What actually is equity?
Definition: Equity consists of those funds that founders, shareholders or investors allow flow into a company. It can be used by the company for an unlimited period and is free of repayment. For start-ups, the equity is part of the start-up financing. Here, the term equity is understood to mean the founder’s own funds.
Equity is owned by the company or the investors. This distinguishes it from outside capital, which is largely made up of bank loans. Without a certain equity ratio as security, start-ups do not receive any outside capital (see: How much equity does a company need?).
One characteristic of equity is that it must be permanently available to start-ups. Due to its liability function, it is used to cover losses if necessary.
How much equity does a company need?
The total investment sums of equity and debt vary depending on the company, location, business space, required fixed assets, liquidity planning for the start-up phase and much more. Experience has shown that banks require an equity ratio of 15 to 25% of the total amount for loans. This equity is used as collateral for the lenders.
- See also the following video “How to start a business with little money”
What does equity cost?
The question only sounds paradoxical at first glance. When one speaks of the cost of equity, one does not mean a real “purchase price” or additional financial expense. Rather, it is used to describe the expected profit shares that will be distributed to equity providers such as dividends to shareholders. The term capital interest is also used for this.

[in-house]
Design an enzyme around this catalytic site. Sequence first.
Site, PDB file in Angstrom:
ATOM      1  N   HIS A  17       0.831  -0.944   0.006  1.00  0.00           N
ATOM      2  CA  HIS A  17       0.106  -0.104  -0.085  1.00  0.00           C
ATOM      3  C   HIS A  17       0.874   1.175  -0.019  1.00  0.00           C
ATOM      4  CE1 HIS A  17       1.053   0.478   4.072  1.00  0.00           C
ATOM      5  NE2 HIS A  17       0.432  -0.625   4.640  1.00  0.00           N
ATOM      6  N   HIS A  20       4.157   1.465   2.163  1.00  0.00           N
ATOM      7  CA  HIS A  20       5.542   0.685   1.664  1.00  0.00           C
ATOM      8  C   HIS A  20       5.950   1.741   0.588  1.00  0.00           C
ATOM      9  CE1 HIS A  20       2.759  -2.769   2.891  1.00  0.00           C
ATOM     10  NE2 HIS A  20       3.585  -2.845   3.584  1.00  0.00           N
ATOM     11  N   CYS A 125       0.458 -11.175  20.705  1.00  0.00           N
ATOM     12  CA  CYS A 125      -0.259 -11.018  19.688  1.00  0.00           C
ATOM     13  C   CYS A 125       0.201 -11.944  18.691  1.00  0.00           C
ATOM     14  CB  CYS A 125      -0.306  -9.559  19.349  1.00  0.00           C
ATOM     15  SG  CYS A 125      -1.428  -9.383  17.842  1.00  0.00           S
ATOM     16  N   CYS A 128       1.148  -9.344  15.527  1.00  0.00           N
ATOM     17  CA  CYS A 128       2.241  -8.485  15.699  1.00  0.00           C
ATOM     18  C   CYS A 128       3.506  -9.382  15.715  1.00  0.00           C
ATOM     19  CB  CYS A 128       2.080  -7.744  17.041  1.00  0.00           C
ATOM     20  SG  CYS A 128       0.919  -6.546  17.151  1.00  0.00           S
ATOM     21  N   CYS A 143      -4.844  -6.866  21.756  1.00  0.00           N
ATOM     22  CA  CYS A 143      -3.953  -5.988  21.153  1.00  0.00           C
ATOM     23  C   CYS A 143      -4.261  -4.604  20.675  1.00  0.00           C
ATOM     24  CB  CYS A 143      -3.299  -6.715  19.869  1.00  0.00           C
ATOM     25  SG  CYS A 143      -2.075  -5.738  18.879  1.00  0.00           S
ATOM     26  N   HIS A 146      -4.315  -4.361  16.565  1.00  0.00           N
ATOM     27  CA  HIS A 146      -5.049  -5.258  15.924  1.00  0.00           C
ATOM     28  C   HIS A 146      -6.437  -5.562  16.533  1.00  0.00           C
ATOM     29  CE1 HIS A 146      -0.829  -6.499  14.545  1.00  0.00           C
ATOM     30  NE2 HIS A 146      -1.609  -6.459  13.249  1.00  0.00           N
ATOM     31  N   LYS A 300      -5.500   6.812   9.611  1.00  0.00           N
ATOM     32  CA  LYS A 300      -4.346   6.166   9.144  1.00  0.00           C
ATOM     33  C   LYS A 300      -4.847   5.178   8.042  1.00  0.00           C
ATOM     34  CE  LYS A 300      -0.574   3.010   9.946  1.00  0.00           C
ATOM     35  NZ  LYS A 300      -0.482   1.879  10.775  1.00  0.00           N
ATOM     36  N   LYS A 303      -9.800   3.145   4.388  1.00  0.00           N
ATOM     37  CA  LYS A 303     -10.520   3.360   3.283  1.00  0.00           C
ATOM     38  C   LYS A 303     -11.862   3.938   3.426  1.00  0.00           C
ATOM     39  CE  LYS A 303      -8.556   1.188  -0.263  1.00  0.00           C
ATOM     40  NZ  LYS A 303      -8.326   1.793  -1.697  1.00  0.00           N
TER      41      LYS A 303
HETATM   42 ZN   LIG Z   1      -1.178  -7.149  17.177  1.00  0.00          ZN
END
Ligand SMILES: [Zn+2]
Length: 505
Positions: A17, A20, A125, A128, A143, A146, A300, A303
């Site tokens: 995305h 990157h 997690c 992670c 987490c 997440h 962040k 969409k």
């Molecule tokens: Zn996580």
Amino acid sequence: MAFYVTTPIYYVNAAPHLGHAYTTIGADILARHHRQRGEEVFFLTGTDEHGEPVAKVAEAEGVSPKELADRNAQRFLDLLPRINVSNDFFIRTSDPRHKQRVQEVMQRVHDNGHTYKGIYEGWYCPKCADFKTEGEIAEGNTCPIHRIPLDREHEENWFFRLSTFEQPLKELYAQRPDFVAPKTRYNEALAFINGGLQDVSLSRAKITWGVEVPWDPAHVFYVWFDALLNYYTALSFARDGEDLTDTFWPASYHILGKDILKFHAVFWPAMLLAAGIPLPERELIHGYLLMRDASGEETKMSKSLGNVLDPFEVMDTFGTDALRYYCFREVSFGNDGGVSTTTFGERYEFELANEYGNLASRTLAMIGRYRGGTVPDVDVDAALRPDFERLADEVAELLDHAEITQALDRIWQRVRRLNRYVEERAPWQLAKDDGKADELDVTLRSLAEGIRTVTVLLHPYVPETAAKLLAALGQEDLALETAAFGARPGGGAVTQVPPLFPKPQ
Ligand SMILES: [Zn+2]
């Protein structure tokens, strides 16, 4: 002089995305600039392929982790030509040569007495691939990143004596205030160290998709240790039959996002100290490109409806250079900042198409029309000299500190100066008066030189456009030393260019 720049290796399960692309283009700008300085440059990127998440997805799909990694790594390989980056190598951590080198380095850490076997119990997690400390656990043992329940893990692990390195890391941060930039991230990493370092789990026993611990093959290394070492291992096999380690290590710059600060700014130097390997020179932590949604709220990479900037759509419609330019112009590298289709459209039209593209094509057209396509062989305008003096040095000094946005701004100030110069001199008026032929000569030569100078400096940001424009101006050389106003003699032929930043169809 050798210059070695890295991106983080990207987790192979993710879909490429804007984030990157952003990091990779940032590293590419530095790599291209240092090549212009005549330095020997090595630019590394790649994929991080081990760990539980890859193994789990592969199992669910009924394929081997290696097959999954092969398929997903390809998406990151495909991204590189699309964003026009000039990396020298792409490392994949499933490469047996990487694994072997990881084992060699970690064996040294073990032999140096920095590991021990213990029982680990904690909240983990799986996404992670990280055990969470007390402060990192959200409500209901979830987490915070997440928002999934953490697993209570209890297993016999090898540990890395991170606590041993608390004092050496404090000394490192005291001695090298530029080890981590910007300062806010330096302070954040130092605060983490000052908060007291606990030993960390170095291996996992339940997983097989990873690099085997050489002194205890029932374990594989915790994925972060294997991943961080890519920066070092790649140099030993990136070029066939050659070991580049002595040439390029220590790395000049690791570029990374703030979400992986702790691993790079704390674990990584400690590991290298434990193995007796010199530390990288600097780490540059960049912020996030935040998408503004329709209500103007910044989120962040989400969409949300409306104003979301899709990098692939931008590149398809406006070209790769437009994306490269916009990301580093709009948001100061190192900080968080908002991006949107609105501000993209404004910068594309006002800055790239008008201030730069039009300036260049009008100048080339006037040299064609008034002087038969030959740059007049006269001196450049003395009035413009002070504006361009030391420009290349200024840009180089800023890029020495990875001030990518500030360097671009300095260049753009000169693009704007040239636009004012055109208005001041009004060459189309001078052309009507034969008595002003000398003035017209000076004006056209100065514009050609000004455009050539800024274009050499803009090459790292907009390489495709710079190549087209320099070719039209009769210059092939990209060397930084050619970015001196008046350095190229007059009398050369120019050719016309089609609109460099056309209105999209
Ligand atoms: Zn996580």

Borrowed capital is cheaper than equity, says business administration – and that only sounds illogical at first. The cost of equity cannot be deducted for tax purposes. The interest deductions on the debt capital loan, on the other hand, do. Therefore, the cost of equity is usually calculated as higher.
The advantage of investing purely from equity is the independence from financial backers and of course the elimination of interest or investments. One disadvantage, however, is that liquidity bottlenecks can arise without greater financial flexibility. Examples are a temporary lack of income, bad debts, higher costs or necessary investments for expansion or to maintain operations. Starting a business entirely with equity can ultimately be more expensive – especially if the equity is insufficient to bridge liquidity gaps.
- See also the following explanatory video “What types of financing are there? Crash course IHK exam!”
What does equity count?
A founder’s equity includes, among other things, cash and savings, but also real assets. For this purpose, the banks accept, for example, real estate, land, securities, larger objects of value or some life insurance sums.
The equity of a company also includes the liable capital of co-shareholders, if available.
- See also the following video “Types of Financing – Equity vs Debt: Accountant Examination”
Where do I get equity from?
The existing equity can be topped up with grants (see start-up grant) as well as subsidies such as the KfW Entrepreneur Loan or Equity Aid (EKH) or the “ERP capital for start-ups” from the federal subsidy program.
Other options include venture capital, fundraising / crowdfunding or business angels.
How much equity does a franchise founder need?